There are a few scattered shots that he's made from beyond the arc, but Rubio still does the majority of his damage right around the basket. And he's shooting only 50 percent in the restricted area, which isn't a very impressive number. At least it's better than the 5-of-30 performance he's put up from mid-range areas. 

Despite his brilliance with the ball in his hands, Rubio still can't shoot. 

Now, put yourself in a fantasy world. Perhaps one in which Katy Perry is lying on a cloud while Snoop Dogg Lion raps about beaches in a suit made out of candy.

Imagine if he could.

Breakout(?) Against the Cavaliers

Oct 30, 2013; Minneapolis, MN, USA; Minnesota Timberwolves guard Ricky Rubio (9) dribbles during the third quarter against the Orlando Magic at Target Center. The Timberwolves defeated the Magic 120-115 in overtime. Mandatory Credit: Brace Hemmelgarn-USA
Brace Hemmelgarn-USA TODAY Sport

On Nov. 13, things could have gone massively awry. 

Playing the Cleveland Cavaliers, a team desperate to turn around its disappointing season and crawl closer to .500, things were going to be tough enough. They only got tougher when Kevin Martin was a late scratch with some flu-like symptoms, pushing Robbie Hummel into the starting lineup.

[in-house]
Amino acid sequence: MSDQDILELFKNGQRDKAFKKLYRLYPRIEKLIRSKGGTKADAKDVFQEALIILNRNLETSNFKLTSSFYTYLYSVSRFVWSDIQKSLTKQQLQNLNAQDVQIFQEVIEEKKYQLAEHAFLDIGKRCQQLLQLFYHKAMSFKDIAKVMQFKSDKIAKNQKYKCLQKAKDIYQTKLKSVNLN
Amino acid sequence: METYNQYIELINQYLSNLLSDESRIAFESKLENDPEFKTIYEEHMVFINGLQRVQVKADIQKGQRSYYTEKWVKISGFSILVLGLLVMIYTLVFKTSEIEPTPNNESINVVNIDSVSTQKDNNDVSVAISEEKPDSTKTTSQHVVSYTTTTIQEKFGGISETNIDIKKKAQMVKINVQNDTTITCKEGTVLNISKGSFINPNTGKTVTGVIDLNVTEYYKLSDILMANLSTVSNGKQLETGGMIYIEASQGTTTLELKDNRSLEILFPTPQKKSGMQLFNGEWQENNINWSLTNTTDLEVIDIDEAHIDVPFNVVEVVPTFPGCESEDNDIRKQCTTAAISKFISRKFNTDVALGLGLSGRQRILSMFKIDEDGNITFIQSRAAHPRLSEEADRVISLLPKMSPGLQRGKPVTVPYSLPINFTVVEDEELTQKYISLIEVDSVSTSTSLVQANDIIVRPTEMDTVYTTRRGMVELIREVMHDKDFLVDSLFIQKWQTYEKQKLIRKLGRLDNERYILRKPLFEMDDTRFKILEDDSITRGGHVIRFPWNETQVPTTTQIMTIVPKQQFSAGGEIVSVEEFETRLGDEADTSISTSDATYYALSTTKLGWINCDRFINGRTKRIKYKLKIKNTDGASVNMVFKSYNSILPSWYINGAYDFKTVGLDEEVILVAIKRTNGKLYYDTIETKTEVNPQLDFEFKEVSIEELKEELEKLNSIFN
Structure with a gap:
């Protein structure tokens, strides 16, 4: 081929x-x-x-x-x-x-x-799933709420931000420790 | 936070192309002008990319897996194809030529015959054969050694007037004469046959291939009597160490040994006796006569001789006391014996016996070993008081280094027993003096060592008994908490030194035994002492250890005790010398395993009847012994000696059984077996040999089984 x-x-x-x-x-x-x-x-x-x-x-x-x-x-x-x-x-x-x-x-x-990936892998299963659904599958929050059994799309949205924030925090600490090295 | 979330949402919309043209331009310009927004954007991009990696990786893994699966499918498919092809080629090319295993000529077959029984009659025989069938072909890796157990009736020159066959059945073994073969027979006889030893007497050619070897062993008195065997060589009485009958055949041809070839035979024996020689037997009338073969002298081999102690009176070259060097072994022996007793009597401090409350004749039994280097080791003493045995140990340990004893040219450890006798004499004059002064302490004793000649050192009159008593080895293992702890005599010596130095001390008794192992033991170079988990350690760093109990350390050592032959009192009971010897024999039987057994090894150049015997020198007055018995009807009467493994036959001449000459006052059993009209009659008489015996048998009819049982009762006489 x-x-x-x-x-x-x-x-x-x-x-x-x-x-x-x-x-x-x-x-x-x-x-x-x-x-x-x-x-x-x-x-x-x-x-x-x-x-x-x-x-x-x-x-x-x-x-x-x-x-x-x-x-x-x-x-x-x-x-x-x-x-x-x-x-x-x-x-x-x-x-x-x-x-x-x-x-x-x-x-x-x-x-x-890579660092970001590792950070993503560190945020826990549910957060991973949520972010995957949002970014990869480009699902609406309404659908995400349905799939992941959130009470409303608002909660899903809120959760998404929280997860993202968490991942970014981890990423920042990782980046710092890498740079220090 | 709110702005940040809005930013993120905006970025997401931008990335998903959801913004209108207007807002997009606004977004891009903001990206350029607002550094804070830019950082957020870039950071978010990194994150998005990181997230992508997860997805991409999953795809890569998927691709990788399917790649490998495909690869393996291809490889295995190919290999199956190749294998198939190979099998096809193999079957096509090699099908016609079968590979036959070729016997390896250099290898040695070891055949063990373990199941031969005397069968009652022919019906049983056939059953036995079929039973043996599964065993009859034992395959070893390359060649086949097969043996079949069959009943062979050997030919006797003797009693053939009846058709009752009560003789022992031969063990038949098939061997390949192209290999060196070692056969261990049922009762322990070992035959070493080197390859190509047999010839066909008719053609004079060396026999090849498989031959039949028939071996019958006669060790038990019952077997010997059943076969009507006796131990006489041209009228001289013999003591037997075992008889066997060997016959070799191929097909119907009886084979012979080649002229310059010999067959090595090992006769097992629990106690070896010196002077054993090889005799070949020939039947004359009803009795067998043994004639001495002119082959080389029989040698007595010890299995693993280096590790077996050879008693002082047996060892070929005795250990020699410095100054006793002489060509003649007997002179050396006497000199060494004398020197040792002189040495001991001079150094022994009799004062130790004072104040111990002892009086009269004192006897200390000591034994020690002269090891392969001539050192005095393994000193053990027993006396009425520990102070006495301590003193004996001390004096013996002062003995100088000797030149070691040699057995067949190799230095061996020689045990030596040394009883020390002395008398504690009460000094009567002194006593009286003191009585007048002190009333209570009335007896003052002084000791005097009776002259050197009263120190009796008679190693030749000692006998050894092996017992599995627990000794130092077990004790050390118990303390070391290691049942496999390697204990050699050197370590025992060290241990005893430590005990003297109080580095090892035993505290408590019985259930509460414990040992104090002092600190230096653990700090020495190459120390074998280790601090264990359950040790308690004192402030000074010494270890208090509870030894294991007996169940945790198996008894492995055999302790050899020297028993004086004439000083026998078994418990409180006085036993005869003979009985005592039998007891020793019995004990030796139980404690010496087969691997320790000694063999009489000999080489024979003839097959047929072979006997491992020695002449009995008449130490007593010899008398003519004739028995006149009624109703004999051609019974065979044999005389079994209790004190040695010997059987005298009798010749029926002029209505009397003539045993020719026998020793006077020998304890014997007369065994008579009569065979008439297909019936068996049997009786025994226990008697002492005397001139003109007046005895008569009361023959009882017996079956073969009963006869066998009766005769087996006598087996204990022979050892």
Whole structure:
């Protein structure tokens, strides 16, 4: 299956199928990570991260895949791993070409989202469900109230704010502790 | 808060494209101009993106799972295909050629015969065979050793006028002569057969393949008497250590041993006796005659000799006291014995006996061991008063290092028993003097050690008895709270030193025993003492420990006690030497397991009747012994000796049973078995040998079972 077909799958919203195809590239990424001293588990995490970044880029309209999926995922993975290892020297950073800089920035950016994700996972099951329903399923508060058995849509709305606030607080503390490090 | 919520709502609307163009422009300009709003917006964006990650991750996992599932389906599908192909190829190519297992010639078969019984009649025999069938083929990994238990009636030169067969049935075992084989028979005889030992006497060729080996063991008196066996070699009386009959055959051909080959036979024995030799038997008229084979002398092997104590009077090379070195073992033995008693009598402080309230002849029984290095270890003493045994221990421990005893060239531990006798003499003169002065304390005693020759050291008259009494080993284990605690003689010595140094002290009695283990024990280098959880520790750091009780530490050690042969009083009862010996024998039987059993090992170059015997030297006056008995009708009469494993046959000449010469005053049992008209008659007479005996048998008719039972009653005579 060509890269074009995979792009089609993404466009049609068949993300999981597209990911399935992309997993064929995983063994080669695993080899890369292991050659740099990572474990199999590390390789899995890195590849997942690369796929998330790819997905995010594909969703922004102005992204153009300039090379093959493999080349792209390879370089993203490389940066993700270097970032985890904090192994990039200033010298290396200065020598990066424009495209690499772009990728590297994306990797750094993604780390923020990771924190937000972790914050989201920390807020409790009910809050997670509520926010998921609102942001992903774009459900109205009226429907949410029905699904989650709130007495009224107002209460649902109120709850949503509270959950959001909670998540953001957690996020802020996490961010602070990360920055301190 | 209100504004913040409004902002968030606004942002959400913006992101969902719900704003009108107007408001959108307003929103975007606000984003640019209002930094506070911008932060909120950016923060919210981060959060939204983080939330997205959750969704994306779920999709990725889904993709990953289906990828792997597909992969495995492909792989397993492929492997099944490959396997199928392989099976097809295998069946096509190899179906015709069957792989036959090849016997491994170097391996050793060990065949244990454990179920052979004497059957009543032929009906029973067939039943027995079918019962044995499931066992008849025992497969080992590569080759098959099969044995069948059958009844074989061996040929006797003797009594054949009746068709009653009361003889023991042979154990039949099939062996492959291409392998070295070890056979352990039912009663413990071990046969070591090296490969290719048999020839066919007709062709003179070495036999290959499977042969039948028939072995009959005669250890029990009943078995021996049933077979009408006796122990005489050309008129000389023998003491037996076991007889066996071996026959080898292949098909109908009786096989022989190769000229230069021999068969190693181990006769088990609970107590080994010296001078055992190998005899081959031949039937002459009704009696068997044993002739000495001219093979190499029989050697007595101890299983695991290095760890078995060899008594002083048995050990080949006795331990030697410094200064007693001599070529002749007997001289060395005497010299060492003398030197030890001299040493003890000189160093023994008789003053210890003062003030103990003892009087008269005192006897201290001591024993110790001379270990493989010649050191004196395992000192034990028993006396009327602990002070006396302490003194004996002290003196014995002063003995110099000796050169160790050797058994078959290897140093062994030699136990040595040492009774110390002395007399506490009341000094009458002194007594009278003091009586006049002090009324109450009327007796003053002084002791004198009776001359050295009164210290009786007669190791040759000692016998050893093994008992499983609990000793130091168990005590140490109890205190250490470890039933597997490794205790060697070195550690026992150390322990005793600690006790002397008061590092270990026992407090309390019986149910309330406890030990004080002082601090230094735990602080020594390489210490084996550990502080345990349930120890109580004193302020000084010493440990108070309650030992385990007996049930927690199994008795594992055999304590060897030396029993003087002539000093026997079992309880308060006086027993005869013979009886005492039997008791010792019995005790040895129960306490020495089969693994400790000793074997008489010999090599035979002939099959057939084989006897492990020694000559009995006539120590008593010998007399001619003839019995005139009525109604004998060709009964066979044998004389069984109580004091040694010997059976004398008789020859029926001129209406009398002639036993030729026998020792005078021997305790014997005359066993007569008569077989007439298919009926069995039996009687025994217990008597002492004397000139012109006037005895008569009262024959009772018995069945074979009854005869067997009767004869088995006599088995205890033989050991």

But the 'Wolves went off anyway. 

They had 70 points at halftime, had reached 108 by the end of the third quarter and rested their most prominent players during the fourth quarter en route to a 124-point outing that made the Cavs' 95 points look like child's play. And while Kevin Love did his thing with 33 points, eight rebounds and six assists, it was still all about Rubio. 

For only the second time this season, he shot above 50 percent in a game, dropping 16 points on 5-of-7 shooting from the field to go along with his 16 dimes. 

None of the made shots were true mid-range looks, although he did drop in one bucket from the left side of the paint that wasn't quite in the restricted zone. But it didn't matter. Without Rubio missing shots, instead getting to the rim and finishing plays, everyone played well. 

In the starting lineup, Corey Brewer had the worst shooting percentage against Cleveland: 58.8 percent. As a whole, the starting five shot 64.2 percent, and the backups—mainly the ones who were on the court when Rubio was resting—dragged the team's overall percentage down to 54.9. 

That's the Rubio effect. You could see it take shape quite often against the Cavs, but let's home in on two plays: 

All screenshots come from NBA.com's video archives.
All screenshots come from NBA.com's video archives.NBA.com

Right off the bat, it's a normal play for Minnesota.

No Cleveland defenders are straying to far from their men, as Rubio has yet to initiate any play. He's merely using size-up dribbles to bide his time. 

But that changes, of course.